The amount of work credits needed to qualify for Social Security Disability Income (SSDI) depends on your age at the time you became disabled.  If you are under the age of 24, you must earn at least six work credits from the year in which you turned 21 years old to the date you became disabled.  If you are between the age of 24 and 31, you need to earn at lease one-half of the potential work credits from the year you turned 21 years old.  For example, if you became disabled at the age of 28, you need to have earned at least 14 work credits (7 years x 4 potential work credits per year = 28, 28 x ½ = 14).  If you are disabled and over the age of 31, you must earn 20 work credits within 10 years of the date you became disabled.  If you are over 31 years old and become disabled, the amount of work credits needed are: Continue reading

Social Security Disability Work Credits

In order to qualify for Social Security Disability Income (SSDI), you must have earned enough work credits prior to becoming disabled and paid social security taxes.  Work credits are received if you earned more income than the minimum per quarter for that year.  The 2013 minimum earnings per quarter is $1,160.  There are four quarters per year, (January-March, April-June, July-September, and October-December).  You may earn one work credit for each quarter, making a total of 4 credits per year.  Keep in mind that you do not have to earn $1,160 in each quarter to qualify for 4 credits in that year, instead credits are based on total earnings.  For example, if you worked the month of May 2013 and you earned $5,000, you may qualify for 4 work credits because your total earnings exceed the minimum requirement for that year of $4,640 ($1,160 x 4)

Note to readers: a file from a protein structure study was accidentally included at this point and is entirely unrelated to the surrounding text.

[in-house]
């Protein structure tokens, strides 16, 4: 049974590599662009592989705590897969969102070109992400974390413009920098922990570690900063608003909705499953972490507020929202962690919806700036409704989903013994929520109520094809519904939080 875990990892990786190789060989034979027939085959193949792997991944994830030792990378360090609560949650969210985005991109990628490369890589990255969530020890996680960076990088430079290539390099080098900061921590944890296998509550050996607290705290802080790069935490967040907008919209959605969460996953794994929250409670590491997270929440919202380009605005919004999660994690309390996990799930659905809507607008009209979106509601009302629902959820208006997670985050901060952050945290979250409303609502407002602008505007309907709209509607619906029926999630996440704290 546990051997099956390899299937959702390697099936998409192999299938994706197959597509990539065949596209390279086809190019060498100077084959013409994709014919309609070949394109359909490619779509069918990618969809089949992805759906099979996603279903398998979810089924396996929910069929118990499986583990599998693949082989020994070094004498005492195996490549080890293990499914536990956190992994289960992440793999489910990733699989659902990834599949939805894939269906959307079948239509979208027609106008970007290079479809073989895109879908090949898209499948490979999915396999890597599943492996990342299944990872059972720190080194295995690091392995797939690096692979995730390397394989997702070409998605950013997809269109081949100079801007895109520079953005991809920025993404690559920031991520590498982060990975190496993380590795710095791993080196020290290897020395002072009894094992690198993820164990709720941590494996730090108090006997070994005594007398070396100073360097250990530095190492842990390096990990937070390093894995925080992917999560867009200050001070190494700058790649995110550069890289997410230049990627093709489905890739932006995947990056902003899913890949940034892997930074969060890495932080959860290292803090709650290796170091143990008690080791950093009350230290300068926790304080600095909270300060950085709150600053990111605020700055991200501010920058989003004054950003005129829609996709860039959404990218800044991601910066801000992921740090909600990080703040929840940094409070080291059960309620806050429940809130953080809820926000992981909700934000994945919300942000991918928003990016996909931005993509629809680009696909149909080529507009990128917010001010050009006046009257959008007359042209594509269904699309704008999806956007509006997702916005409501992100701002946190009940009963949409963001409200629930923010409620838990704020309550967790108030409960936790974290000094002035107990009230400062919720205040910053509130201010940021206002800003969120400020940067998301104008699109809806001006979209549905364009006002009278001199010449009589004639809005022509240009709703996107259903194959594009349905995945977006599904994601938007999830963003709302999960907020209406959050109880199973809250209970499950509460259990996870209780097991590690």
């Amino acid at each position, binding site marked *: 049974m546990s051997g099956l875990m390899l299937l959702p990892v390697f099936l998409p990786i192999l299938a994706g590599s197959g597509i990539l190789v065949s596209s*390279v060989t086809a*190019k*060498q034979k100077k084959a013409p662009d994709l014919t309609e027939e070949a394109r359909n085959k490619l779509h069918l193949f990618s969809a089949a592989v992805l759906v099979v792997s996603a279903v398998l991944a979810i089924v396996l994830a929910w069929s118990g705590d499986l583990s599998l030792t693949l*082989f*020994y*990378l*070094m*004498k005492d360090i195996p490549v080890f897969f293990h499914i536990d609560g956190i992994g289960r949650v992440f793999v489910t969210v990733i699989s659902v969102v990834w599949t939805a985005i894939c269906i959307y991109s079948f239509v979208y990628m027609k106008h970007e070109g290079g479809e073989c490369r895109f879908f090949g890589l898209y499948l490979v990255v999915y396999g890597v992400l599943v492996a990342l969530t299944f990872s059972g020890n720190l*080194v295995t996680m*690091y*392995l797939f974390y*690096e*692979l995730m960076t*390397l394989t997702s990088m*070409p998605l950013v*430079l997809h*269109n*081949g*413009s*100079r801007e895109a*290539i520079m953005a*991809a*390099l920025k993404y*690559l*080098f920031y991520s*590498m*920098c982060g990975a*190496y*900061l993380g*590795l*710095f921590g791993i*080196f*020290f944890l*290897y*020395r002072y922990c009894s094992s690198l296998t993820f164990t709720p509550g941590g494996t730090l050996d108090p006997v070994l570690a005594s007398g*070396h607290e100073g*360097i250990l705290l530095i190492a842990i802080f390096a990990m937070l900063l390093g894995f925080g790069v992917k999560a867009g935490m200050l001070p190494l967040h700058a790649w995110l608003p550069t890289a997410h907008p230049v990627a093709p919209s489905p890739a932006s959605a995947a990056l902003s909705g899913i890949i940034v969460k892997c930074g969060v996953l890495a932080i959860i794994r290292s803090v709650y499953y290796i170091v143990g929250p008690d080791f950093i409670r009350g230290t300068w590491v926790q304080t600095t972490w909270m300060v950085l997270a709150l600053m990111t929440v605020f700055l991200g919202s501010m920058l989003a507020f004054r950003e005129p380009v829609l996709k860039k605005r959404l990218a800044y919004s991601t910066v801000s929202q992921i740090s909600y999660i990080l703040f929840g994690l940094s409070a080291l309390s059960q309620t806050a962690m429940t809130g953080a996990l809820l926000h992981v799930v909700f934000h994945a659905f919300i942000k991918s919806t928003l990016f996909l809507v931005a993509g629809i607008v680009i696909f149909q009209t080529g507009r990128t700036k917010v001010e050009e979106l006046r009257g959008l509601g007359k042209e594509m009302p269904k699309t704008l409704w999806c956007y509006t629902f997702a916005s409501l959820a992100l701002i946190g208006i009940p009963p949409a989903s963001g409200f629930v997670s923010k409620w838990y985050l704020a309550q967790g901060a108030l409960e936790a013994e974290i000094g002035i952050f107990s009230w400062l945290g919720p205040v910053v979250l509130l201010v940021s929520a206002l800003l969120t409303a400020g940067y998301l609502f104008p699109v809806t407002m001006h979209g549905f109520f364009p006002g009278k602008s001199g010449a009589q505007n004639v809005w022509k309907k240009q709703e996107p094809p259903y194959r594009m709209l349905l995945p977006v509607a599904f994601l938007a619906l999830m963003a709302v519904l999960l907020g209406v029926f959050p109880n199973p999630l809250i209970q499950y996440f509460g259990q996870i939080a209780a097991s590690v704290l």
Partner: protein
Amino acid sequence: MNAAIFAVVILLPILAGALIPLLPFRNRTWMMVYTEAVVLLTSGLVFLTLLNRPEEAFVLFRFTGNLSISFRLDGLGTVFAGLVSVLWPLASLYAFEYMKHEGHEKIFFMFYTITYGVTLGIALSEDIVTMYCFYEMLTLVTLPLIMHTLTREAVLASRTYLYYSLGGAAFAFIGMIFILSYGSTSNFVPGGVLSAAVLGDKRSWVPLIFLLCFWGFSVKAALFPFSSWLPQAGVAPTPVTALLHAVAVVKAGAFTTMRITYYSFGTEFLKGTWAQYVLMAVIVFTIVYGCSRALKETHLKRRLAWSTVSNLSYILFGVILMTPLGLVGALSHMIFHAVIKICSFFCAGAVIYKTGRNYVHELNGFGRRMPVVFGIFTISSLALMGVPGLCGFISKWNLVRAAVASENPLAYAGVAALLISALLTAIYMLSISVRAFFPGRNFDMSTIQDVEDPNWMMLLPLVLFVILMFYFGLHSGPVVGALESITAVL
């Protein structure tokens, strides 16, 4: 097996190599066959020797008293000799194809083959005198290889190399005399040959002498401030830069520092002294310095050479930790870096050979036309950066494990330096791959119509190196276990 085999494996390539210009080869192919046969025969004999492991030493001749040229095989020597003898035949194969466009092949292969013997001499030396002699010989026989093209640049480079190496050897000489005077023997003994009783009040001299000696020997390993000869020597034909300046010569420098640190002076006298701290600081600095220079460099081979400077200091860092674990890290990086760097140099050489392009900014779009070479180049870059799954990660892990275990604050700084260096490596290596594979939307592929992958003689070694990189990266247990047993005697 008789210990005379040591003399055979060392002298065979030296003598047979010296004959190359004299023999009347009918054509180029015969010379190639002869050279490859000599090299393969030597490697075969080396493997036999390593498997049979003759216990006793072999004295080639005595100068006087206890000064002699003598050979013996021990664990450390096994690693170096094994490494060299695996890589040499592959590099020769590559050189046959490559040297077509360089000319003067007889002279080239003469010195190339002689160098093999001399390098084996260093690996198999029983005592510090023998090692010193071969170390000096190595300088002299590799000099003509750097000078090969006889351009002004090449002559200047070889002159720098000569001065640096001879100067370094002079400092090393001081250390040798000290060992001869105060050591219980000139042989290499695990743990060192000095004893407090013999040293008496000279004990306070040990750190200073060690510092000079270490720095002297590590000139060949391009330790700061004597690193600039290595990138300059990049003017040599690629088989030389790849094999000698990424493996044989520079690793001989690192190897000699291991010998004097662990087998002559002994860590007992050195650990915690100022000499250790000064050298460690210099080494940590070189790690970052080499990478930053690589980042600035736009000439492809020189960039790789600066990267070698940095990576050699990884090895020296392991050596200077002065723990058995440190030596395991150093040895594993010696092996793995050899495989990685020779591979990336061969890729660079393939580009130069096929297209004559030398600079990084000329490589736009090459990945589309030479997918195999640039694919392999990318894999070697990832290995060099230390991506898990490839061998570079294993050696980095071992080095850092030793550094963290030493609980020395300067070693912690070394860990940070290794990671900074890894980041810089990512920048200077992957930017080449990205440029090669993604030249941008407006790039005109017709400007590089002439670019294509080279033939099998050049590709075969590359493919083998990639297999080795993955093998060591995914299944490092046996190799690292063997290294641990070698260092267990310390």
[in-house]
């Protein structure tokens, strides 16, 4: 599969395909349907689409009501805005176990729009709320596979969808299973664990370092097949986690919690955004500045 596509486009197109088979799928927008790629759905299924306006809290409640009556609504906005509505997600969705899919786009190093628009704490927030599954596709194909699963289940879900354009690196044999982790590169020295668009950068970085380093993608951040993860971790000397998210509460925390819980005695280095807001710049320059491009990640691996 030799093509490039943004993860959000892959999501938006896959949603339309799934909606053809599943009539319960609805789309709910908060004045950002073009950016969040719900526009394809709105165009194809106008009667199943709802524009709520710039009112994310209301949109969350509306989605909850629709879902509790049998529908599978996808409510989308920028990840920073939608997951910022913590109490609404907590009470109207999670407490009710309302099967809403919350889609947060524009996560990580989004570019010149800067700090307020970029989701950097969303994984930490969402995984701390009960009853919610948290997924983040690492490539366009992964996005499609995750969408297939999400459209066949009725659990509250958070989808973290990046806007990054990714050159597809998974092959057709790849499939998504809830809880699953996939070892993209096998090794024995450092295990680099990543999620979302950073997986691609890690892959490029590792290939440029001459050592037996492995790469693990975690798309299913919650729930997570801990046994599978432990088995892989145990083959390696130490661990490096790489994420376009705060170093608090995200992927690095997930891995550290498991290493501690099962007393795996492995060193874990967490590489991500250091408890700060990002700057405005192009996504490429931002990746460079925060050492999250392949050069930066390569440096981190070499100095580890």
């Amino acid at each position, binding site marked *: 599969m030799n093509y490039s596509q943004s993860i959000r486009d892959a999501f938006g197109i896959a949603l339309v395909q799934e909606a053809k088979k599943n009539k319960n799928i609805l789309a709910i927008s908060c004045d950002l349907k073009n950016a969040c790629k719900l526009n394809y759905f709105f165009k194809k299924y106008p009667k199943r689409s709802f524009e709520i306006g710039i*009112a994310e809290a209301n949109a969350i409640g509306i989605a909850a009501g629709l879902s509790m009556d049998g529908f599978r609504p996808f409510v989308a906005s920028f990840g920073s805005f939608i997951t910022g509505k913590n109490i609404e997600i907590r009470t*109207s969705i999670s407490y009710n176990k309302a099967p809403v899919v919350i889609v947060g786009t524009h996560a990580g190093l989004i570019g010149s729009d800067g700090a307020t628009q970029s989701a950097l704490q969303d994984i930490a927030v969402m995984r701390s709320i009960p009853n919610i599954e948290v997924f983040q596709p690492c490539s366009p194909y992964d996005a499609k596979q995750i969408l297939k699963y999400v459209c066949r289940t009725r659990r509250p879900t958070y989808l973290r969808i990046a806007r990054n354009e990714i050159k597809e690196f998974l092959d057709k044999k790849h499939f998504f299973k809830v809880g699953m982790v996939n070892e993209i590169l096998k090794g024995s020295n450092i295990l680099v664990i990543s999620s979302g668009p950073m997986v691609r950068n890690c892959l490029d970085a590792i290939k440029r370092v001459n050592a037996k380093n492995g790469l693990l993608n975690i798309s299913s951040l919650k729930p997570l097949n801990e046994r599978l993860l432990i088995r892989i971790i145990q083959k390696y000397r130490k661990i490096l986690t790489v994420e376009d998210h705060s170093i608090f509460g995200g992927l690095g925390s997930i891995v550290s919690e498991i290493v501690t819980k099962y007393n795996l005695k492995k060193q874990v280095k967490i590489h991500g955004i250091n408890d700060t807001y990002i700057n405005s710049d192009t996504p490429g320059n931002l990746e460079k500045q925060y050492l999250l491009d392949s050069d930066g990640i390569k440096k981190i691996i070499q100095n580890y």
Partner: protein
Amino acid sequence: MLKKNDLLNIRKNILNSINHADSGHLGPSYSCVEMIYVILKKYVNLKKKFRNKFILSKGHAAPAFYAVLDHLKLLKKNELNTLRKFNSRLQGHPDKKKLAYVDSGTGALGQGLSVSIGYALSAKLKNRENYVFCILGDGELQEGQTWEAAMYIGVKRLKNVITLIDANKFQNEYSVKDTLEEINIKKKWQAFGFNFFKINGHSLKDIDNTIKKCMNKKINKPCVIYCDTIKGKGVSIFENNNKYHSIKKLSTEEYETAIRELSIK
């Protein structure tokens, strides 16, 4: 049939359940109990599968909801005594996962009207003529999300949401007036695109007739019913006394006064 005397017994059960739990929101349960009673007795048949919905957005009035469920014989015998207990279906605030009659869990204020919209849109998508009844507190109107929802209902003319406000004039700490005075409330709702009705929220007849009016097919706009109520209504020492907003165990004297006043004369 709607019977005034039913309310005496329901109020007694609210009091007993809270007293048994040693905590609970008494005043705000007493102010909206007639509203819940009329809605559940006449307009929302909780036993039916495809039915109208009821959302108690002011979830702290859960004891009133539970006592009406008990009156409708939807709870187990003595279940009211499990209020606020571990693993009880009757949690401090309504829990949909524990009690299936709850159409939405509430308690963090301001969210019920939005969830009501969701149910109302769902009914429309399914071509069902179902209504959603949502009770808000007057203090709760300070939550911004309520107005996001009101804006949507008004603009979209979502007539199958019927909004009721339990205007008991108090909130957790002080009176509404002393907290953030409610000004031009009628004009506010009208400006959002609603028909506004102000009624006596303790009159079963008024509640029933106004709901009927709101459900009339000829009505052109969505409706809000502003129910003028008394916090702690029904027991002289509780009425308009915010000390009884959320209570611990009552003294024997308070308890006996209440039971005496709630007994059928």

Social Security Disability Insurance Benefits and Medicare

Applying for Social Security Disability Insurance Benefits (SSDIB) can be a trying experience, both physically and emotionally.  However, once you receive the approval letter it will be a welcomed relief.  Not only will you receive a monthly payment from the Social Security Administration (SSA), but you will automatically qualify for Medicare.  Your date of disability, also known as your “date of onset”, is the date that SSA determines you became disabled.  24 months from that date is when you are eligible to begin receiving your Medicare benefits.

Fun fact:  If you receive SSDIB for Amyotrophic Lateral Sclerosis, aka Lou Gehrig’s Disease, you may receive Medicare the same month your SSDIB begins! Knowledge is power!